It looks like you're using an Ad Blocker.
Please white-list or disable AboveTopSecret.com in your ad-blocking tool.
Some features of ATS will be disabled while you continue to use an ad-blocker.
Aurora (also credited as the SR-91 Aurora) is the popular name for a hypothesised United States reconnaissance aircraft, alleged to be capable of hypersonic flight.
I have long suspected such a vehicle was flying, partly because of logic, but could not imagine there has been nothing new since the design of the 40-year old SR-71 and notion that the U.S. would retire that fleet of spy planes without something newer and better. No matter what was said about satellites, they are just not as generally useful and do not have the immediacy of a launch on-demand with flexible maneuvering as an aircraft.
I know for a fact the USAF was studying ‘space planes’ in the late 1980s and early 1990s because I knew the guy running the study called Black Horse [ BlackHorse ], an H2O2 fueled aircraft that topped-up from a tanker after take-off. That officer moved on into private space, but the idea of being able to - as he put it, "put precision holes in the ground anywhere in the world within 90-minutes" was one I assumed had just gone totally black.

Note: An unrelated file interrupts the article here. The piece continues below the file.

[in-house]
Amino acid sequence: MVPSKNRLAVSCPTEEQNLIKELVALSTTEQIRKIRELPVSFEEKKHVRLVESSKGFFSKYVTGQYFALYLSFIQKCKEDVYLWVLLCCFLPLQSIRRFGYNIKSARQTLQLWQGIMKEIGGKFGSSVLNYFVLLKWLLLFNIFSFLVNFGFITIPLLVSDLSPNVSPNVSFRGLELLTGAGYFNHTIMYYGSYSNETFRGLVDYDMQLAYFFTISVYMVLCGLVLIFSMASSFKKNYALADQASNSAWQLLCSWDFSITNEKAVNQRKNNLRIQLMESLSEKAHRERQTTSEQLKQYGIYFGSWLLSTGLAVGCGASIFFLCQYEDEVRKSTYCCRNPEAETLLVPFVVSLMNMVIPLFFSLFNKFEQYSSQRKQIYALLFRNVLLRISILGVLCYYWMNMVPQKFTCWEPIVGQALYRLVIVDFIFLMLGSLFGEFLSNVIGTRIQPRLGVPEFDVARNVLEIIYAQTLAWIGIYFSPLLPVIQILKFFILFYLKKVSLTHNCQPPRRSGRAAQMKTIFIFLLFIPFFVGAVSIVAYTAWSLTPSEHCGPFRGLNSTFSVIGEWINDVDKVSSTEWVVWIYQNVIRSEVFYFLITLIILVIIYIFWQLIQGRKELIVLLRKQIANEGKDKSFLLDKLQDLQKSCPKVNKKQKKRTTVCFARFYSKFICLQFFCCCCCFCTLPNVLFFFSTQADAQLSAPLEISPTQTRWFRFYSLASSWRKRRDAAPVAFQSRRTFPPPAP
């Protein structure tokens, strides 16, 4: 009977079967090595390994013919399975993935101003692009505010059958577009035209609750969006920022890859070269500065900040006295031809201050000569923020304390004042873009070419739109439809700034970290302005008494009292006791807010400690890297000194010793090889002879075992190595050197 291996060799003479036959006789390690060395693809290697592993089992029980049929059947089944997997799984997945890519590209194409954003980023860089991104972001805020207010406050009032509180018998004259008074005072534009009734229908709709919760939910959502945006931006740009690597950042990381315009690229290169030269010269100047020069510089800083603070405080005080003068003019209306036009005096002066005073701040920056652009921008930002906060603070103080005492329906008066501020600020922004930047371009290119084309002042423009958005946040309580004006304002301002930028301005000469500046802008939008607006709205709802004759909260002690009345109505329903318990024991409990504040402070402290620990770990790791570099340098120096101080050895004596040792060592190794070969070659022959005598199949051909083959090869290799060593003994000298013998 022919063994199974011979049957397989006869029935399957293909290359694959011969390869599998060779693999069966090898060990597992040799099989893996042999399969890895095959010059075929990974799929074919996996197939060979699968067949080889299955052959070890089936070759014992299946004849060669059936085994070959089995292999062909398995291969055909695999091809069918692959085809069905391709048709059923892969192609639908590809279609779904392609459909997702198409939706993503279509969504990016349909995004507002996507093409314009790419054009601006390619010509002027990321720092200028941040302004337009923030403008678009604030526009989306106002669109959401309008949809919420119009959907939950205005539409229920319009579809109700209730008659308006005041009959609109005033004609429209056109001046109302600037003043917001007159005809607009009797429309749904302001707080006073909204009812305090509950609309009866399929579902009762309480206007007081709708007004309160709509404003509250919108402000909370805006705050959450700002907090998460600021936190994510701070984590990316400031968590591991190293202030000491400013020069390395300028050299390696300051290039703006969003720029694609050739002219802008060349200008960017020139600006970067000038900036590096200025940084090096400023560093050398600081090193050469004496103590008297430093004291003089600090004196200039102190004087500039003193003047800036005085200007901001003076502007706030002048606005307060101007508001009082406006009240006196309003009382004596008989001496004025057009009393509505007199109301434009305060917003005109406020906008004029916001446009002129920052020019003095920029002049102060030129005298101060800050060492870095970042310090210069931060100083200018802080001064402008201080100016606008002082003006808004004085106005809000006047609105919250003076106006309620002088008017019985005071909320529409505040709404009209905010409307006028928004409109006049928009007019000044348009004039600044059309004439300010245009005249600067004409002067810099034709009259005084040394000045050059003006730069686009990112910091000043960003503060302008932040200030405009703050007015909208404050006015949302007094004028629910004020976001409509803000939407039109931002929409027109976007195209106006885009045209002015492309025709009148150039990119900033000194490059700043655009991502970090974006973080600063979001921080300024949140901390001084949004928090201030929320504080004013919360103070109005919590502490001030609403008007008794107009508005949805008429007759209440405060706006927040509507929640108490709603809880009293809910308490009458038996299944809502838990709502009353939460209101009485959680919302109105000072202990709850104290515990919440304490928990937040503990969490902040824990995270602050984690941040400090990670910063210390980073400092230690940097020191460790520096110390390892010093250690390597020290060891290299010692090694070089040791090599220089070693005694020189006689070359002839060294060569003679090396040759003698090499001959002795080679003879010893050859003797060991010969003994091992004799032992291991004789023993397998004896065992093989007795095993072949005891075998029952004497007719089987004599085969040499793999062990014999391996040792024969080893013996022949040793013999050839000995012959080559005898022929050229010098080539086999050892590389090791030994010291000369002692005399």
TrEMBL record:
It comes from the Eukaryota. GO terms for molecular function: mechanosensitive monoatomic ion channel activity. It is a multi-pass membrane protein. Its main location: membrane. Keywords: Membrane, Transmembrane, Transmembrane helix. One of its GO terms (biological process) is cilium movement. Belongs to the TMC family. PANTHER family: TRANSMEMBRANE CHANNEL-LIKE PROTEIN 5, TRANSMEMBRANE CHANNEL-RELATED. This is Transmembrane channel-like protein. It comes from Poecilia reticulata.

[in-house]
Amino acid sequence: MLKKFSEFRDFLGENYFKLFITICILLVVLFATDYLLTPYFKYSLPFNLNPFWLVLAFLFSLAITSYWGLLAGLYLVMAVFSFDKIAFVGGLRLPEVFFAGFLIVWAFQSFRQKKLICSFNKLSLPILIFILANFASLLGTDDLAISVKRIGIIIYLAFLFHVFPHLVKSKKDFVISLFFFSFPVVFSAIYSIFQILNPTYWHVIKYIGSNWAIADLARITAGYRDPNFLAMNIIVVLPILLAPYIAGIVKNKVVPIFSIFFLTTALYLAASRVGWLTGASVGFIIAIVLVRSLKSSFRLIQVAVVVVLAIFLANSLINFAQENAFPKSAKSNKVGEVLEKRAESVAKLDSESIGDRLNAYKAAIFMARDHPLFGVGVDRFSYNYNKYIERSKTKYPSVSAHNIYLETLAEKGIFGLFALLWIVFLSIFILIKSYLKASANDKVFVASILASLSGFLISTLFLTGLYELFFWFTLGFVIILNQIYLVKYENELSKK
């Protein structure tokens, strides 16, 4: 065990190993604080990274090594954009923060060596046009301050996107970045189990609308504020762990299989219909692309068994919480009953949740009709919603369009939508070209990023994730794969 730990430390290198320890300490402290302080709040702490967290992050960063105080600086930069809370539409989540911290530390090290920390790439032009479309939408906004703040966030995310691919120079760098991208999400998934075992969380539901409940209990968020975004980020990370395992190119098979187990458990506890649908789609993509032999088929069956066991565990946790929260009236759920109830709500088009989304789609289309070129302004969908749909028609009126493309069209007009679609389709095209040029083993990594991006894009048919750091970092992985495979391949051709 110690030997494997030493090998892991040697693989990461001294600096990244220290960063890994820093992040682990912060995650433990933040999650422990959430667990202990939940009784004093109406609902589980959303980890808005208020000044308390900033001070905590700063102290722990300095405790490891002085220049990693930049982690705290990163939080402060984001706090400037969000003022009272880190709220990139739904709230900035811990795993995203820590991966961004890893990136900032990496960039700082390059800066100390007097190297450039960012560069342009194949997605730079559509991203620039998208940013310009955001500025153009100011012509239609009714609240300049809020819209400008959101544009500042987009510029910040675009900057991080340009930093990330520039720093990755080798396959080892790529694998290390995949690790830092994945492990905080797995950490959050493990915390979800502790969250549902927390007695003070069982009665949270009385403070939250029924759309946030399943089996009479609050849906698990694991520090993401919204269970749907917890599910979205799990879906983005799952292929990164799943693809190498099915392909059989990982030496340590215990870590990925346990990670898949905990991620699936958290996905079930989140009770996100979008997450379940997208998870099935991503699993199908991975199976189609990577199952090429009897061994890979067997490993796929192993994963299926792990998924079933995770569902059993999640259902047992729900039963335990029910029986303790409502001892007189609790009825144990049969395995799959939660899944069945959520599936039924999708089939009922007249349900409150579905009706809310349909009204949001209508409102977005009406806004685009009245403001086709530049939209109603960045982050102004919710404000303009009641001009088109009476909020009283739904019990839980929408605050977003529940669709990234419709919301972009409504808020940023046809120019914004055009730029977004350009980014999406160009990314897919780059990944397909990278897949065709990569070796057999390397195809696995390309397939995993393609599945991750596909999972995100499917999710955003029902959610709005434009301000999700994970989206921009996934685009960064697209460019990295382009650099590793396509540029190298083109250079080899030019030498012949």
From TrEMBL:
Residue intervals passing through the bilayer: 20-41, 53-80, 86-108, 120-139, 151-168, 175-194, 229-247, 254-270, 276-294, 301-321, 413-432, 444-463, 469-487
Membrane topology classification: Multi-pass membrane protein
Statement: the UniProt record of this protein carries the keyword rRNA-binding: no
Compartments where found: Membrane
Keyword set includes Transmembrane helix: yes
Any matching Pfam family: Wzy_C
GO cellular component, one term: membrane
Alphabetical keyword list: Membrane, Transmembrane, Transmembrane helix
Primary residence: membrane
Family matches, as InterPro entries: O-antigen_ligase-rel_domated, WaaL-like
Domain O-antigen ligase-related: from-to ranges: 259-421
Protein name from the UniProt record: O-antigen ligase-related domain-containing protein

Stealth-21st-Century-Vehicles-Weapons-1959-2020 - Scribd.
Originally posted by C-JEAN
reply to post by thefutureisuncertain
Hi, thefutureisuncertain and all FAST jet fans.
I would say a Blackbird can't go to the max speeds a scram jet could push it.
The outer skin would melt !
But, in those beginning days of experimentations of the scram, the
Blackbird was the ONLY fast jet, fast enough to experiment a scram.
So, maybe in your OP you did think/remember about that :
An experimental scram, MOUNTED on the back of a Blackbird.